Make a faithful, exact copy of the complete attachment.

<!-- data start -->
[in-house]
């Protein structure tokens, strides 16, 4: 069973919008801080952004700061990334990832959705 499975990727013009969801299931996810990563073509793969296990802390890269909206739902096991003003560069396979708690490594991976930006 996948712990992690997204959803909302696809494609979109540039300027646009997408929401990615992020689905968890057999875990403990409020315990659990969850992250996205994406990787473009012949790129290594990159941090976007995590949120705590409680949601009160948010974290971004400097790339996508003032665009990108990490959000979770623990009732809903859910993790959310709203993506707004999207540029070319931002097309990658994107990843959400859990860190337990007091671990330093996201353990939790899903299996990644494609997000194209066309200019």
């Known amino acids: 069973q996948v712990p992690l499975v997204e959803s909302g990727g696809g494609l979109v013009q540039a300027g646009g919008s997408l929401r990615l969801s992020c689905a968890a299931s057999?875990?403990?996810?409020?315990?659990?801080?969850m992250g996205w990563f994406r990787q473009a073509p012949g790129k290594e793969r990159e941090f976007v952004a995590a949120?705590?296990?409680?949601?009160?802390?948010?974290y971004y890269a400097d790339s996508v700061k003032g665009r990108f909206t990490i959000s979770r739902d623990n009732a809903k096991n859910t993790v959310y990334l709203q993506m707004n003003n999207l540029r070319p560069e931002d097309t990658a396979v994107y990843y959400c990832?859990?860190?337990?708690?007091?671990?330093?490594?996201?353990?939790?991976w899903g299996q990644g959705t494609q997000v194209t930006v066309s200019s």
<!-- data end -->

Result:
[in-house]
């Protein structure tokens, strides 16, 4: 069973919008801080952004700061990334990832959705 499975990727013009969801299931996810990563073509793969296990802390890269909206739902096991003003560069396979708690490594991976930006 996948712990992690997204959803909302696809494609979109540039300027646009997408929401990615992020689905968890057999875990403990409020315990659990969850992250996205994406990787473009012949790129290594990159941090976007995590949120705590409680949601009160948010974290971004400097790339996508003032665009990108990490959000979770623990009732809903859910993790959310709203993506707004999207540029070319931002097309990658994107990843959400859990860190337990007091671990330093996201353990939790899903299996990644494609997000194209066309200019």
């Known amino acids: 069973q996948v712990p992690l499975v997204e959803s909302g990727g696809g494609l979109v013009q540039a300027g646009g919008s997408l929401r990615l969801s992020c689905a968890a299931s057999?875990?403990?996810?409020?315990?659990?801080?969850m992250g996205w990563f994406r990787q473009a073509p012949g790129k290594e793969r990159e941090f976007v952004a995590a949120?705590?296990?409680?949601?009160?802390?948010?974290y971004y890269a400097d790339s996508v700061k003032g665009r990108f909206t990490i959000s979770r739902d623990n009732a809903k096991n859910t993790v959310y990334l709203q993506m707004n003003n999207l540029r070319p560069e931002d097309t990658a396979v994107y990843y959400c990832?859990?860190?337990?708690?007091?671990?330093?490594?996201?353990?939790?991976w899903g299996q990644g959705t494609q997000v194209t930006v066309s200019s």